Hilfe Wegweiser Impressum Kontakt Einloggen





Dynamic programming algorithms for two statistical problems in computational biology


Rahmann,  Sven
Dept. of Computational Molecular Biology (Head: Martin Vingron), Max Planck Institute for Molecular Genetics, Max Planck Society;

Externe Ressourcen
Es sind keine Externen Ressourcen verfügbar
Volltexte (frei zugänglich)
Es sind keine frei zugänglichen Volltexte verfügbar
Ergänzendes Material (frei zugänglich)
Es sind keine frei zugänglichen Ergänzenden Materialien verfügbar

Rahmann, S. (2003). Dynamic programming algorithms for two statistical problems in computational biology. Algorithms in Bioinformatics, Proceedings, 2812, 151-164. doi:10.1007/b13243.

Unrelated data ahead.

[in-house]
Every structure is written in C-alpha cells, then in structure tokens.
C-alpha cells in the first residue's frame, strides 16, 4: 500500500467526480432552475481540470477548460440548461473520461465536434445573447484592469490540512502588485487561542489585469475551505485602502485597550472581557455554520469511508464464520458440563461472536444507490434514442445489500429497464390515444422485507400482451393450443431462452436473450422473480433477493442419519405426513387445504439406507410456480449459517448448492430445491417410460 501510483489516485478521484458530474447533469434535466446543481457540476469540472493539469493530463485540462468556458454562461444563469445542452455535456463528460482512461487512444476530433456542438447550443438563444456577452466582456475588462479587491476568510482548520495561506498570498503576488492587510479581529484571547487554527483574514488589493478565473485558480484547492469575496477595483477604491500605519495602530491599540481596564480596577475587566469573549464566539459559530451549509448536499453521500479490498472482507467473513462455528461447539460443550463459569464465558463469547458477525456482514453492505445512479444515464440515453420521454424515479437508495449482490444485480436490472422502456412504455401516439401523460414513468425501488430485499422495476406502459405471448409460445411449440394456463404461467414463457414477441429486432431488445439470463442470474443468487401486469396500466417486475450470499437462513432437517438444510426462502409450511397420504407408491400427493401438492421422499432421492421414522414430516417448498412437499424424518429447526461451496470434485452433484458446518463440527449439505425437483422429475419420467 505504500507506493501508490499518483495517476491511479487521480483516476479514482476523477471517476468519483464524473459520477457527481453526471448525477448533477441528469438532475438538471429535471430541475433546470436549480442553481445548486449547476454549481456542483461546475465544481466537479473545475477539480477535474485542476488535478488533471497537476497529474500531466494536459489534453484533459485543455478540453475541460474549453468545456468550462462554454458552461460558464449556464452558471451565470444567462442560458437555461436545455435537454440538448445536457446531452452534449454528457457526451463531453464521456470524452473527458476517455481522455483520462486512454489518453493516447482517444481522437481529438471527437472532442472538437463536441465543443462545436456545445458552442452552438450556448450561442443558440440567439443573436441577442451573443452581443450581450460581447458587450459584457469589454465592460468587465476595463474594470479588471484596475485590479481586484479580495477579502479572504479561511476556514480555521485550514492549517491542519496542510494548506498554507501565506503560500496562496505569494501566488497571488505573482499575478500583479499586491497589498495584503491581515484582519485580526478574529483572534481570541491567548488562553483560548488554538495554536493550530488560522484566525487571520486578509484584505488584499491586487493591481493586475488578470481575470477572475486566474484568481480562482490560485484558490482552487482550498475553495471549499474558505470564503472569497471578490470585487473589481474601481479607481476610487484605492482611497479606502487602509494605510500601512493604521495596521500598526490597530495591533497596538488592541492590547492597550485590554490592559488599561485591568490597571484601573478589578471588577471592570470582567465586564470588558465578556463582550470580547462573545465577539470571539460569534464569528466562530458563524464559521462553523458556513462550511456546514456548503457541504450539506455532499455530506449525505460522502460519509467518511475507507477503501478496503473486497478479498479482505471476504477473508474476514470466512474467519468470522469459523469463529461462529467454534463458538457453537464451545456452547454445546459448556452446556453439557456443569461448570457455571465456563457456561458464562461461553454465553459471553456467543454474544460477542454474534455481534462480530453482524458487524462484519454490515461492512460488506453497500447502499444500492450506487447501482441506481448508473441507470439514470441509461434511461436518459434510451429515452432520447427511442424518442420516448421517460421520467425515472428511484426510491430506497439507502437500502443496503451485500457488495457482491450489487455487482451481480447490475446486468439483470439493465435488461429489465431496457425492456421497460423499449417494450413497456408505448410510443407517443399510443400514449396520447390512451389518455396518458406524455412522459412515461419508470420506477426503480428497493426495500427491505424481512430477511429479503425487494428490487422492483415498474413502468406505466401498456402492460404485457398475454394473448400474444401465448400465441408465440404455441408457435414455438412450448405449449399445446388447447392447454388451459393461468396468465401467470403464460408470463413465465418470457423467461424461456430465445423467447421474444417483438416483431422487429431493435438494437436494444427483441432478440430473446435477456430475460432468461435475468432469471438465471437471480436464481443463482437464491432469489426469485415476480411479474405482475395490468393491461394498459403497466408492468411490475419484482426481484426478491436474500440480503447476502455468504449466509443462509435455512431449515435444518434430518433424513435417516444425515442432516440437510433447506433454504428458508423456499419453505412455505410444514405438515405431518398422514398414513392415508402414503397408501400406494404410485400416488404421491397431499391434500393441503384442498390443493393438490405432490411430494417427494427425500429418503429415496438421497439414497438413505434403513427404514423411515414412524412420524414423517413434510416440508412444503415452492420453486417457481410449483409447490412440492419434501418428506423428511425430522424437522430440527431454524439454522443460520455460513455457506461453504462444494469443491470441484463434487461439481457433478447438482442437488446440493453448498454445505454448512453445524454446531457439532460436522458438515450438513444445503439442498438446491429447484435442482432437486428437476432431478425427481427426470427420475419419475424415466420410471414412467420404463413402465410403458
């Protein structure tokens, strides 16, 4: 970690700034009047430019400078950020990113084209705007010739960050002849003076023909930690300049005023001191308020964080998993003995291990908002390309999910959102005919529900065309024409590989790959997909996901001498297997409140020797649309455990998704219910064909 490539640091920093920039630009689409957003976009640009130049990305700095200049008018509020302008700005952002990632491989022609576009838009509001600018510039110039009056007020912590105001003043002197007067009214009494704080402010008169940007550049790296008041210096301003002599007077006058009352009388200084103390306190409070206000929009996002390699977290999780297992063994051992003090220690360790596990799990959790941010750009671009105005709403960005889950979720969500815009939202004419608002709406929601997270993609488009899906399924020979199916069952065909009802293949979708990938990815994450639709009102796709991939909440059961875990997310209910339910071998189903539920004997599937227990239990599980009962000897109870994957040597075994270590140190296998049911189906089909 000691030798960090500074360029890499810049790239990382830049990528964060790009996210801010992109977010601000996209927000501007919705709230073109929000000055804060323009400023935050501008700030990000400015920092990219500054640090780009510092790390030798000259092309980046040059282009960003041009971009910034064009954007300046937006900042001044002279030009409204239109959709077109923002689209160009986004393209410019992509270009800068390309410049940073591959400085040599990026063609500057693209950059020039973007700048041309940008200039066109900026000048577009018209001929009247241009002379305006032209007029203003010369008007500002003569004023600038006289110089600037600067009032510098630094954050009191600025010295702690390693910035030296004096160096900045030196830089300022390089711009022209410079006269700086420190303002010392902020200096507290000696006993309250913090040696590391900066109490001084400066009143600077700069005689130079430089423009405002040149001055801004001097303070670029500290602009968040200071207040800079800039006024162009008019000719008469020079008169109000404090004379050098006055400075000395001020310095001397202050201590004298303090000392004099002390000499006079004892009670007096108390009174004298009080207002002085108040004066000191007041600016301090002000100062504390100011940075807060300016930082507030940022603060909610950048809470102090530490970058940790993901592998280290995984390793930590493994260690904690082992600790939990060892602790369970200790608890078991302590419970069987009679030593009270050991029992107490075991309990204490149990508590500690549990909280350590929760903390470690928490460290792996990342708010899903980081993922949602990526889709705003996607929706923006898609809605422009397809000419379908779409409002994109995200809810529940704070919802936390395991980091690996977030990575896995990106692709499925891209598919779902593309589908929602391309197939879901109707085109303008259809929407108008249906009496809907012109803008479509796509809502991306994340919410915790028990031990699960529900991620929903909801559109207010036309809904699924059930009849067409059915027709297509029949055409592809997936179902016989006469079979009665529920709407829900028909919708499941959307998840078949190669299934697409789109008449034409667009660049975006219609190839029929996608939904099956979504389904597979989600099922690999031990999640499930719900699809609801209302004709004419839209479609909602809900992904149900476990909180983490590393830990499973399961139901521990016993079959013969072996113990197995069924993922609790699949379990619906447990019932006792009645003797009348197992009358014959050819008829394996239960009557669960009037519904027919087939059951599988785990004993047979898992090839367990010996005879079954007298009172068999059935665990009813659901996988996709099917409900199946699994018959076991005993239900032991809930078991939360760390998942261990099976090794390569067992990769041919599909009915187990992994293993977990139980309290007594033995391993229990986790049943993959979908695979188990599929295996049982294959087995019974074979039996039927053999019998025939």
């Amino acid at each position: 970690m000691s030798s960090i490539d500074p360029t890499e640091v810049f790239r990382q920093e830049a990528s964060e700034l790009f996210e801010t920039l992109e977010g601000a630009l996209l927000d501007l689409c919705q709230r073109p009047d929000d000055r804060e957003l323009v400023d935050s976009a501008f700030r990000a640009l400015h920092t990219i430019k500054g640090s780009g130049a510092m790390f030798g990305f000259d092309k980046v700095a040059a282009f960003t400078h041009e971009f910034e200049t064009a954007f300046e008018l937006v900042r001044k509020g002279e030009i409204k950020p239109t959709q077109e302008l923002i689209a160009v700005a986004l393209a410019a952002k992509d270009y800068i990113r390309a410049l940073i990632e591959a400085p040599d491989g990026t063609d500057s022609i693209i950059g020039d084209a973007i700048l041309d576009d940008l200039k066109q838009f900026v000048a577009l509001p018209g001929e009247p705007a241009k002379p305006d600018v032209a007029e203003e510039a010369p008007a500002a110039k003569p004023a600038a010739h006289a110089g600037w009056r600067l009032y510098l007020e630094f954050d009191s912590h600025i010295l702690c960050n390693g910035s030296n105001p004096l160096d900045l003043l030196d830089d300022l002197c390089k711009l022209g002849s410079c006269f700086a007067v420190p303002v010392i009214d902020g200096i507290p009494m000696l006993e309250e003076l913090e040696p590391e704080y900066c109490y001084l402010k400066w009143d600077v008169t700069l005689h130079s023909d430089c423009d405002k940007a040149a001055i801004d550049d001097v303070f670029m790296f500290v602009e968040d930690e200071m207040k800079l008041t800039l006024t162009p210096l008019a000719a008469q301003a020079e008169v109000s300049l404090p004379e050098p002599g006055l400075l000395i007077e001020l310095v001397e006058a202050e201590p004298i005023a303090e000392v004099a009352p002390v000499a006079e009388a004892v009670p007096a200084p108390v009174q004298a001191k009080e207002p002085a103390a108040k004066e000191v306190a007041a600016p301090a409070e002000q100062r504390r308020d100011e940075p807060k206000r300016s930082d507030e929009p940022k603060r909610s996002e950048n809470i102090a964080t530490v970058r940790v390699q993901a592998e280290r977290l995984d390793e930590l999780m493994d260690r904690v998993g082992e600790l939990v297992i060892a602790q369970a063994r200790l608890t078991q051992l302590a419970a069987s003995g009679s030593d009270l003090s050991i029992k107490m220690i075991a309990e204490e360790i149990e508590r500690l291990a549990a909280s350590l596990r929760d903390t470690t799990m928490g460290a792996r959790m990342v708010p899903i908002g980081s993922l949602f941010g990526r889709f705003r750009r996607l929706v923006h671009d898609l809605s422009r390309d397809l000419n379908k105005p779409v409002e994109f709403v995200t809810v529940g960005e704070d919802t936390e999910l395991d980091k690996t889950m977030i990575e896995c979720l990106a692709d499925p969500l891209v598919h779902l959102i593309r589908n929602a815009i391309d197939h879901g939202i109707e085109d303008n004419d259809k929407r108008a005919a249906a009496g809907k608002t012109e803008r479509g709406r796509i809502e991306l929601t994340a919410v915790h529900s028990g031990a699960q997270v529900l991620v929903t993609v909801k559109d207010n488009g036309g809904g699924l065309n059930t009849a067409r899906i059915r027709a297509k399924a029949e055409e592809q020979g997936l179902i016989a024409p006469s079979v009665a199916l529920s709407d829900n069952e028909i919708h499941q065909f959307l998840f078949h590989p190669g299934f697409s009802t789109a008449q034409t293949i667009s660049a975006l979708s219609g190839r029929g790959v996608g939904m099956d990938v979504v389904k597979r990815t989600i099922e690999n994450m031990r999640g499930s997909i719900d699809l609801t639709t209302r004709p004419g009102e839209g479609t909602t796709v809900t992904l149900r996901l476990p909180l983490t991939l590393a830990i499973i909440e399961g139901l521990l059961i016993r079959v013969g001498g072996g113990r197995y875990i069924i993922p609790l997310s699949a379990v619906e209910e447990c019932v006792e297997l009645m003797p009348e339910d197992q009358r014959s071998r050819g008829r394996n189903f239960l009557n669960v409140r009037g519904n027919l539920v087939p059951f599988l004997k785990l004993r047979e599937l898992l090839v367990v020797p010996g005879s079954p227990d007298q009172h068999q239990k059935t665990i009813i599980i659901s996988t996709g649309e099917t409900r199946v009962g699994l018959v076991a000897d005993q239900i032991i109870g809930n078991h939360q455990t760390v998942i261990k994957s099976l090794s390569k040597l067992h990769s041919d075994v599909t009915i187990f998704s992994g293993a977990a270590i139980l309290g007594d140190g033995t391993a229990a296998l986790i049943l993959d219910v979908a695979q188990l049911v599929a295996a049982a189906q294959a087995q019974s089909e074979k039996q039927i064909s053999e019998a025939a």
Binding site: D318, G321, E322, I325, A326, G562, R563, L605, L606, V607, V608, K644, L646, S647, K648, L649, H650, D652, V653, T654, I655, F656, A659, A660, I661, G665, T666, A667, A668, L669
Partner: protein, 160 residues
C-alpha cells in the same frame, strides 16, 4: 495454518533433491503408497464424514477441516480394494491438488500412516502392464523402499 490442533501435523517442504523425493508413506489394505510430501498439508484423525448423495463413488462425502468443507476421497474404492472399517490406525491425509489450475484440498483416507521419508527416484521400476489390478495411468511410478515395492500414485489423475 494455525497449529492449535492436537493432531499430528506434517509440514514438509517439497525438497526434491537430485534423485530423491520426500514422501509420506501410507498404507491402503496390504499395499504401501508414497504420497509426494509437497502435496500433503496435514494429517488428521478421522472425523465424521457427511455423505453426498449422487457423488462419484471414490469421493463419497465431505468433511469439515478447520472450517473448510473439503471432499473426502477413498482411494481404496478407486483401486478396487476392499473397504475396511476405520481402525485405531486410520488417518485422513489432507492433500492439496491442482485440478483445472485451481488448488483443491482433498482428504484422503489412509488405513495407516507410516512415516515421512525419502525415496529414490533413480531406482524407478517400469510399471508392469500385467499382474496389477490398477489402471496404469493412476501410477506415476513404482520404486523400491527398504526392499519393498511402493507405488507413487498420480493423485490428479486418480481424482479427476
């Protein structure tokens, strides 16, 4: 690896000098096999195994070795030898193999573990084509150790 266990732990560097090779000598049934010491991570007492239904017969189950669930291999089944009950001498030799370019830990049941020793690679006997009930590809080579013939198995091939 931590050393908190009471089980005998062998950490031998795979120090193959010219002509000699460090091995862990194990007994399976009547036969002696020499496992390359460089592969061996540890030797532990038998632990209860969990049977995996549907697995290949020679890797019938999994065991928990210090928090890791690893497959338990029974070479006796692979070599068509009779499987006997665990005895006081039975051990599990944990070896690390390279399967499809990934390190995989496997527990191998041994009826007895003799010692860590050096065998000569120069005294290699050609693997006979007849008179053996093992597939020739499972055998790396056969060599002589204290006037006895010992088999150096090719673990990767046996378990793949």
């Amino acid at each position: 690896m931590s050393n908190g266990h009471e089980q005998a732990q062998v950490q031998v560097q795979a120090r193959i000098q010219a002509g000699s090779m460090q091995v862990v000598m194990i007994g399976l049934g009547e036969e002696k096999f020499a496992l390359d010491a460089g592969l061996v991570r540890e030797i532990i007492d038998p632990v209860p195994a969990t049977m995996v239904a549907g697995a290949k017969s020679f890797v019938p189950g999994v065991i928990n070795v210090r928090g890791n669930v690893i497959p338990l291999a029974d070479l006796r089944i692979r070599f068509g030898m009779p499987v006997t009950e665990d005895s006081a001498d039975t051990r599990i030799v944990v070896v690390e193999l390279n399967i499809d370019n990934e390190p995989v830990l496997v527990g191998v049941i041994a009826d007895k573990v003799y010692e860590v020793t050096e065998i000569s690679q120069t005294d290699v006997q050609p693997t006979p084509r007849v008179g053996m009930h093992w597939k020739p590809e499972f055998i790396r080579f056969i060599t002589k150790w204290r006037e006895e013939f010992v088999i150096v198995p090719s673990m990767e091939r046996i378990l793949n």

We present dynamic programming algorithms for two exact statistical tests that frequently arise in computational biology. The first test concerns the decision whether an observed sequence stems from a given profile (also known as position specific score matrix or position weight matrix), or from an assumed background distribution. We show that the common assumption that the log-odds score has a Gaussian distribution is false for many short profiles, such as transcription factor binding sites or splice sites. We present an efficient implementation of a non-parametric method (first mentioned by Staden) to compute the exact score distribution. The second test concerns the decision whether observed category counts stem from a specified Multinomial distribution. A branch-and-bound method for computing exact p-values for this test was presented by Bejerano at a recent RECOMB conference. Our contribution is a dynamic programming approach to compute the entire distribution of the test statistic, allowing not only the computation of exact p-values for all values of the test statistic simultaneously, but also of the power function of the test. As one of several applications, we introduce p-value based sequence logos, which provide a more meaningful visual description of probabilistic sequences than conventional sequence logos do.